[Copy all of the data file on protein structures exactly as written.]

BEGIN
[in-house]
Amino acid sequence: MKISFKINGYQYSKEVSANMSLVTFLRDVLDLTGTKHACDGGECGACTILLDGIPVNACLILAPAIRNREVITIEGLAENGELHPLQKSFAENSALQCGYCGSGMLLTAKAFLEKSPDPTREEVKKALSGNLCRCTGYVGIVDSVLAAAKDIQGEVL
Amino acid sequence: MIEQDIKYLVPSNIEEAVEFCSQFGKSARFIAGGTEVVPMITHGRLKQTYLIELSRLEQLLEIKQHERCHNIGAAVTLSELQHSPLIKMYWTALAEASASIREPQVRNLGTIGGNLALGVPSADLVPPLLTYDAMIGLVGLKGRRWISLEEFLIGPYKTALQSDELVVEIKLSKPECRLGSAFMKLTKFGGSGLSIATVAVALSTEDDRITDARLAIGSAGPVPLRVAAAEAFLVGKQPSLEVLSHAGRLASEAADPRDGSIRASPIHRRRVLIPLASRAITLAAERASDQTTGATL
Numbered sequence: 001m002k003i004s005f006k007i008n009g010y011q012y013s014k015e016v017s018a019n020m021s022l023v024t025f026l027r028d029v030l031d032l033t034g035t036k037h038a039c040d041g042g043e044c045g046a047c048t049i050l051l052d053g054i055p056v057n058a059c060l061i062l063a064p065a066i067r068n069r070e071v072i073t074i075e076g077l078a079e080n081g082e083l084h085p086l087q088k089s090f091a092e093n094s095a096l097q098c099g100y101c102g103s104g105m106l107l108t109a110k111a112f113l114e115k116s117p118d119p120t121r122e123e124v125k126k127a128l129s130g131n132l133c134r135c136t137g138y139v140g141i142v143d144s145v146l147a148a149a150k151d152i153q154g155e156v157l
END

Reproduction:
[in-house]
Amino acid sequence: MKISFKINGYQYSKEVSANMSLVTFLRDVLDLTGTKHACDGGECGACTILLDGIPVNACLILAPAIRNREVITIEGLAENGELHPLQKSFAENSALQCGYCGSGMLLTAKAFLEKSPDPTREEVKKALSGNLCRCTGYVGIVDSVLAAAKDIQGEVL
Amino acid sequence: MIEQDIKYLVPSNIEEAVEFCSQFGKSARFIAGGTEVVPMITHGRLKQTYLIELSRLEQLLEIKQHERCHNIGAAVTLSELQHSPLIKMYWTALAEASASIREPQVRNLGTIGGNLALGVPSADLVPPLLTYDAMIGLVGLKGRRWISLEEFLIGPYKTALQSDELVVEIKLSKPECRLGSAFMKLTKFGGSGLSIATVAVALSTEDDRITDARLAIGSAGPVPLRVAAAEAFLVGKQPSLEVLSHAGRLASEAADPRDGSIRASPIHRRRVLIPLASRAITLAAERASDQTTGATL
Numbered sequence: 001m002k003i004s005f006k007i008n009g010y011q012y013s014k015e016v017s018a019n020m021s022l023v024t025f026l027r028d029v030l031d032l033t034g035t036k037h038a039c040d041g042g043e044c045g046a047c048t049i050l051l052d053g054i055p056v057n058a059c060l061i062l063a064p065a066i067r068n069r070e071v072i073t074i075e076g077l078a079e080n081g082e083l084h085p086l087q088k089s090f091a092e093n094s095a096l097q098c099g100y101c102g103s104g105m106l107l108t109a110k111a112f113l114e115k116s117p118d119p120t121r122e123e124v125k126k127a128l129s130g131n132l133c134r135c136t137g138y139v140g141i142v143d144s145v146l147a148a149a150k151d152i153q154g155e156v157l